Angela Strassheim is photographer who used to capture crime scene images for forensic study. Her series, “Evidence,” documents the inside and outside of homes where domestic homicides have occurred. While the homes’ outside images ring familiar in a non-intimate way, the black and white, long exposure images of the homes’ insides offer a haunting glimpse into a more intimate space. The most unsettling aspect of these images are the noticeable physical traces of disputes – the bright, white flecks and splatters observed in the photos are the result of “Blue Star” solution being applied to surfaces to activate the “physical memory of blood through contacting the remaining DNA proteins.”
Of her series, Strassheim says, “Perhaps we have all processed a question in certain love relationships: Could we be a victim of violence or perform an act of violence against a loved one out of our immense capacity to feel jealousy, anger, rage, and desperation in a moment of extreme emotion? These photographs allow for the viewer to entertain the idea that this situation could involve anyone of us…The crime scene is presented on two levels; it is both an accurate, tragic, and dramatic transcription of the event and a mysterious backdrop onto which one can project their imagination.” (via it’s nice that and women in photography)
Until recently, an old, deteriorated collection of no less than one million crime scene photographs rested silently in the nearly forgotten archives of the Los Angeles Police department; spanning 150 years of violence and corruption, these images were only recently discovered by the photographer Merrick Morton, who has restored and salvaged many of the images, which will be exhibited at Paramount Pictures Studios from April 25-27 by Fototeka.
The crime scene image occupies a unique place in photographic history; in her seminal text On Photography, the theorist Susan Sontag describes the medium as a means of providing evidence, proof that is often skewed, corrupted by individual biases. Sontag also proposed that the photograph necessitates complicity; when Weegee rushed to crime scenes to capture the bodies of murder victims, for example, he was partaking perhaps in the fetishistic pleasure of violence.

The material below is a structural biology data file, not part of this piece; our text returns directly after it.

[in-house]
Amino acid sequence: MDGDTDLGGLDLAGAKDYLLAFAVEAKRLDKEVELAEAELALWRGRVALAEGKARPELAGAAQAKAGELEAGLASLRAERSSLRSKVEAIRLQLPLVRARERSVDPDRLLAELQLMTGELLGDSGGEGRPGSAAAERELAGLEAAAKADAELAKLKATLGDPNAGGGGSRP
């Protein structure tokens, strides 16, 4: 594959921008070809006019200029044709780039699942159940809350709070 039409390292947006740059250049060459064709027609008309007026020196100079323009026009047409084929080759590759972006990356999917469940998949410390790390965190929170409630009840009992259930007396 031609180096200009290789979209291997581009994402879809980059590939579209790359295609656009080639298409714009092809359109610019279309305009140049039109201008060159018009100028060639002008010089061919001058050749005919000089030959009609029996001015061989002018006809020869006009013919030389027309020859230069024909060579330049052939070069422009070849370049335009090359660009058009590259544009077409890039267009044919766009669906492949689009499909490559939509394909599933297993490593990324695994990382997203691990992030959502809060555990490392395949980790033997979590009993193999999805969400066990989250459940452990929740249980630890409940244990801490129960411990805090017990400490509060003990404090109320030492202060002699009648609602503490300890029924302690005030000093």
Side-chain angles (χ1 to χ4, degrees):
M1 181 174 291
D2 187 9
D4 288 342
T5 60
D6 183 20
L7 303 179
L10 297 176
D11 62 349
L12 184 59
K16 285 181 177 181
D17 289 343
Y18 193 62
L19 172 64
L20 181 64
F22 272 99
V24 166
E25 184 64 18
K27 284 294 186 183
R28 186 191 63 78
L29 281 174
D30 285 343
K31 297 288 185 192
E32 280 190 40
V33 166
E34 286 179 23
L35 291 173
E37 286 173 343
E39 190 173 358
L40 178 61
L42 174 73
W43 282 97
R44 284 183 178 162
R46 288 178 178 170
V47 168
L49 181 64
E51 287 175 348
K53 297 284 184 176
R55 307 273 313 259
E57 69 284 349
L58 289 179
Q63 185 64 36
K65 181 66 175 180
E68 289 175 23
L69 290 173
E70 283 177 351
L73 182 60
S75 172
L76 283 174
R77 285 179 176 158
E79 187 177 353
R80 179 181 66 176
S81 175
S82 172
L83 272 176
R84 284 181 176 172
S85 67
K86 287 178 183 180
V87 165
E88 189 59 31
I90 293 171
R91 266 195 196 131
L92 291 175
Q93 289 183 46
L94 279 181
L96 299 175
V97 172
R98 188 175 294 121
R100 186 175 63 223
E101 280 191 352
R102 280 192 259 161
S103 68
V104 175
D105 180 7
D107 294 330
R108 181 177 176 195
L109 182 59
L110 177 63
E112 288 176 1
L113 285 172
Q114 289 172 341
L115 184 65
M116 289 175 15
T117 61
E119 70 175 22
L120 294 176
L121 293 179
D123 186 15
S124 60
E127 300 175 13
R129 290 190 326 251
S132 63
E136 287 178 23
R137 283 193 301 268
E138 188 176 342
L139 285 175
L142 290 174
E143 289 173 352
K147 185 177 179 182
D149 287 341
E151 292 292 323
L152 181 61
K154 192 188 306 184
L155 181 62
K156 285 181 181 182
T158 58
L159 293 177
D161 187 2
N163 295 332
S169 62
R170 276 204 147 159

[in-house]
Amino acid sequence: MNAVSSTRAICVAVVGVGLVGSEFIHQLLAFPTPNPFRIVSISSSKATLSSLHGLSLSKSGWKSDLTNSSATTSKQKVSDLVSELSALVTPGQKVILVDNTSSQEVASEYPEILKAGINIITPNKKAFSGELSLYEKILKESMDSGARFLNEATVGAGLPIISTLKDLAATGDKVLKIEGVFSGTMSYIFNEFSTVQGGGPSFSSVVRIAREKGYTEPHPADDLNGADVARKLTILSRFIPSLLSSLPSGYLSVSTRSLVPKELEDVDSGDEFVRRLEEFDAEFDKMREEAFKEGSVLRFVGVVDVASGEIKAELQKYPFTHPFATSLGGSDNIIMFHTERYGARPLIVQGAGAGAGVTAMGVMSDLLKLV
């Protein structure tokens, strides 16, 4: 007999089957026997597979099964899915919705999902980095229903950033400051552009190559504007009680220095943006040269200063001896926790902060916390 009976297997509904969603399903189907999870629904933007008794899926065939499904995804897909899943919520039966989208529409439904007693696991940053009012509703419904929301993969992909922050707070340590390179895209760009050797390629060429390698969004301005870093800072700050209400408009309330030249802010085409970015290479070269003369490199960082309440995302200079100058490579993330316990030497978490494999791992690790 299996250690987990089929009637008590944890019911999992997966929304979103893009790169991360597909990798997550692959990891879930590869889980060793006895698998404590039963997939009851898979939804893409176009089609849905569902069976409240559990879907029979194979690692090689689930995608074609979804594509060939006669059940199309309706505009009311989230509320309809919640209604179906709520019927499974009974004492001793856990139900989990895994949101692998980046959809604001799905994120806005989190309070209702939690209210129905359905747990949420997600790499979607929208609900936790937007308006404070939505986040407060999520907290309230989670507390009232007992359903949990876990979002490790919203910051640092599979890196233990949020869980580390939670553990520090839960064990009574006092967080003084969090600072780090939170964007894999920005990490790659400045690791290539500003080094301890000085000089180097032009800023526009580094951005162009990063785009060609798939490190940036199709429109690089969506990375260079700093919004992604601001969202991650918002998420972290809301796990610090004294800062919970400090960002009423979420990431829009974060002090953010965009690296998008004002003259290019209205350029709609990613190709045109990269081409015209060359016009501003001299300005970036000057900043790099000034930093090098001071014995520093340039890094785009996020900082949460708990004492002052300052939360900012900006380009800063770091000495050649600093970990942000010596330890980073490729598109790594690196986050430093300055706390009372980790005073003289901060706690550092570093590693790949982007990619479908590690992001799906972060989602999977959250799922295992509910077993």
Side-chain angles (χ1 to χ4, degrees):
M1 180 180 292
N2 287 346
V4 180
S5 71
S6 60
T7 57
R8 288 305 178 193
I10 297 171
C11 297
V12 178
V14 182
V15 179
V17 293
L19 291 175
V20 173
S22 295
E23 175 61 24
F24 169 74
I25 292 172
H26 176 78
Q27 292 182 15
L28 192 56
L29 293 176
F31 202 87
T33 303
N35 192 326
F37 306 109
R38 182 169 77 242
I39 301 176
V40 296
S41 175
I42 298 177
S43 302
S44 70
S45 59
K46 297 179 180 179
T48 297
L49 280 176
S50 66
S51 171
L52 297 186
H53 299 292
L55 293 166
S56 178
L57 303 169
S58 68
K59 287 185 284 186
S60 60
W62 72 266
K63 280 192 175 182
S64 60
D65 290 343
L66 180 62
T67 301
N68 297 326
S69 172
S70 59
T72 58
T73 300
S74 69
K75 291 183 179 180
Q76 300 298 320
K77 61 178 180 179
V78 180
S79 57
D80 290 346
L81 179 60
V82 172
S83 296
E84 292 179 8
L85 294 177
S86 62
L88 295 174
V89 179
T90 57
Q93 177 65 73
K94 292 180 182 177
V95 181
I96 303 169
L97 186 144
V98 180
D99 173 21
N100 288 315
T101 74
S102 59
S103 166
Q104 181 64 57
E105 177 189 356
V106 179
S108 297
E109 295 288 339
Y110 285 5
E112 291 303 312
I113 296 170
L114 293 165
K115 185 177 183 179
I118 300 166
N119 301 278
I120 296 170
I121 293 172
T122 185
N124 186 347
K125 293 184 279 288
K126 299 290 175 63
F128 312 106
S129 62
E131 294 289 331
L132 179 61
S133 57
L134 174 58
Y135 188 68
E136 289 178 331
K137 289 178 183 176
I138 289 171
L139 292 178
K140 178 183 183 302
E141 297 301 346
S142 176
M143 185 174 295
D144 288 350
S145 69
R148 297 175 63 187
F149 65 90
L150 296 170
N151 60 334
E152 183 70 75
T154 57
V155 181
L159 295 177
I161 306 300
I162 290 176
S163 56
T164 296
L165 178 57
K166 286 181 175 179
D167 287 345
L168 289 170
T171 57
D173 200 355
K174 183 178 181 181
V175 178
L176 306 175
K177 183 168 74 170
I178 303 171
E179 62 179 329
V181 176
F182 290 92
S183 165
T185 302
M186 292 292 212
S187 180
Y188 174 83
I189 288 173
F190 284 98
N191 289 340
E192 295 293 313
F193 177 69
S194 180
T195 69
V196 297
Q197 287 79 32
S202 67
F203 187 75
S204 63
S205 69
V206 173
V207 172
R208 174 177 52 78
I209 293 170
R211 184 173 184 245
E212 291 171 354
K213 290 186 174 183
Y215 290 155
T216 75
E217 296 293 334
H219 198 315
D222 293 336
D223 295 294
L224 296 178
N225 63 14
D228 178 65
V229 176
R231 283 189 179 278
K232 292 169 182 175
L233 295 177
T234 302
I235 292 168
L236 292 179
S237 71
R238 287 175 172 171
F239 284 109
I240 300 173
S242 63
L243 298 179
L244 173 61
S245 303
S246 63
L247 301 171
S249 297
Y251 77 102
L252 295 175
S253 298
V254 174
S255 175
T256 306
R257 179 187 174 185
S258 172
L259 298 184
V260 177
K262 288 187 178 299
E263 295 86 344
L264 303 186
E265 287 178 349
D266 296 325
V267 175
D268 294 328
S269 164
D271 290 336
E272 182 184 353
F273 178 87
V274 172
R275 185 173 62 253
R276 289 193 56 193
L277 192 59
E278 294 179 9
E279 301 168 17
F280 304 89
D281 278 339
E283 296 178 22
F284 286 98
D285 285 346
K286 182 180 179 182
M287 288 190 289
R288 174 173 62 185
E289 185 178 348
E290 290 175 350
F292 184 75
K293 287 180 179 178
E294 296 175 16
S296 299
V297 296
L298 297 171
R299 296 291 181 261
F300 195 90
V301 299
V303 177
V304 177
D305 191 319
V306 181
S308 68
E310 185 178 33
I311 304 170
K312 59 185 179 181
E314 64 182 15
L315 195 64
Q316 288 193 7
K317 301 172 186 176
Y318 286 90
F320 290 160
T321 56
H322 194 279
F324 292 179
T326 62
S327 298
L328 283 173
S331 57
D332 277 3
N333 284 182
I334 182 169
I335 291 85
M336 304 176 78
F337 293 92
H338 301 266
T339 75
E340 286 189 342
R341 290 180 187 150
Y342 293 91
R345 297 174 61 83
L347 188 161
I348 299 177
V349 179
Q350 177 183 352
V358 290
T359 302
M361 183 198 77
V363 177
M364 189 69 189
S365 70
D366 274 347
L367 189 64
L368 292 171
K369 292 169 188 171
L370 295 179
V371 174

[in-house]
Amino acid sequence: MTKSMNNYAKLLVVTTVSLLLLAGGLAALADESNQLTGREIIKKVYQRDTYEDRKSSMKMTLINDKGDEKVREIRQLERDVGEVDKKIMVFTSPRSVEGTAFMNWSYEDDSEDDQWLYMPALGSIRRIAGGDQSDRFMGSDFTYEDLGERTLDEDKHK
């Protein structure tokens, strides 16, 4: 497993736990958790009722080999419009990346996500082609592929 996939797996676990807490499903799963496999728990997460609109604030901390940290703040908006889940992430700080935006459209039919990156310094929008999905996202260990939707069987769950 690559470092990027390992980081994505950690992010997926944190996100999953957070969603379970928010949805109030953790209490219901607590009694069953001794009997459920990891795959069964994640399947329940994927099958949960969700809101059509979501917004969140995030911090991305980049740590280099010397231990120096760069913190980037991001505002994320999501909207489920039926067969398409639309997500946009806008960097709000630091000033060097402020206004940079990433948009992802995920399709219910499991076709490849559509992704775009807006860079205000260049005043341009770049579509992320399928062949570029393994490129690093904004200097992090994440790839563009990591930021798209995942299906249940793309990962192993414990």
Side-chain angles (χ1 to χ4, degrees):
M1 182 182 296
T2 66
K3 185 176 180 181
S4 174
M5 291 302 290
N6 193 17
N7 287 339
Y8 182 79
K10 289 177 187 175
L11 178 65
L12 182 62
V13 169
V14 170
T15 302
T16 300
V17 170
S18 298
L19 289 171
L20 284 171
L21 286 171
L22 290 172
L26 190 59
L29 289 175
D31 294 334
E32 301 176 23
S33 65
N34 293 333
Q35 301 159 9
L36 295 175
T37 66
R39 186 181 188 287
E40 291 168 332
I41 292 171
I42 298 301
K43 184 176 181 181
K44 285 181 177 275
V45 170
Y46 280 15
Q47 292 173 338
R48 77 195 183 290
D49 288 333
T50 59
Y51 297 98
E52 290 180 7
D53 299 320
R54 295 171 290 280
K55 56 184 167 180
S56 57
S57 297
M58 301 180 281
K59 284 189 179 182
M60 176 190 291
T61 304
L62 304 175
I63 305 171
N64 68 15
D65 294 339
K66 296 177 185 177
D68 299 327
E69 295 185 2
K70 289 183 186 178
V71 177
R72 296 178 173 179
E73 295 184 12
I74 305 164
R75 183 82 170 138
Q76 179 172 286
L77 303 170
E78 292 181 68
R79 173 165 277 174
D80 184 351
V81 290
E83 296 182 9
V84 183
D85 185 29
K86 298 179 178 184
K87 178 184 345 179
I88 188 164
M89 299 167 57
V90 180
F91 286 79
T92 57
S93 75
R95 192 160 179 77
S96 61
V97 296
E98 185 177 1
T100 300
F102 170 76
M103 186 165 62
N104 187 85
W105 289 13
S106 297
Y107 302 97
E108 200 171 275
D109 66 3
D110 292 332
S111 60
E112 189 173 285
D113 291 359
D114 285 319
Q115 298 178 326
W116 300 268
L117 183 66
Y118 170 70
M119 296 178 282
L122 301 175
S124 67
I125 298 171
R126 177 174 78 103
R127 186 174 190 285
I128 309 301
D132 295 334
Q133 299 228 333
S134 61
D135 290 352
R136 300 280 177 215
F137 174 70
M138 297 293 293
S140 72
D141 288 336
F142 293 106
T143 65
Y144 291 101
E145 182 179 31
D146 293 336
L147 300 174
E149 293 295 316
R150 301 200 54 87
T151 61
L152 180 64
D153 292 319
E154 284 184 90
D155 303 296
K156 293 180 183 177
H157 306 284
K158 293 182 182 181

Morton’s collection offers new insight into the discourse between crime fighting and art; unlike someone like Weegee, the modern photographer is also a reserve officer for the LAPD. The photographs he chose to restore and exhibit embody the very human tension between revolution and curiosity, for although these images were initially used to catch and reprimand criminals, they now function to satisfy our more voyeuristic yearnings.
Without context, these bullet holes, these nude, tattooed dead bodies are entirely open to our imagination and judgment, inviting our darkest fantasies and speculation. A pair of shoes, caught (perhaps accidentally) in the corner of a forensic image, shown beside a bloody carpet and a limp hand holding a shining knife, holds deeper psychological connotations when viewed as art, as a relic of an era gone by. Take a look. (via Feature Shoot)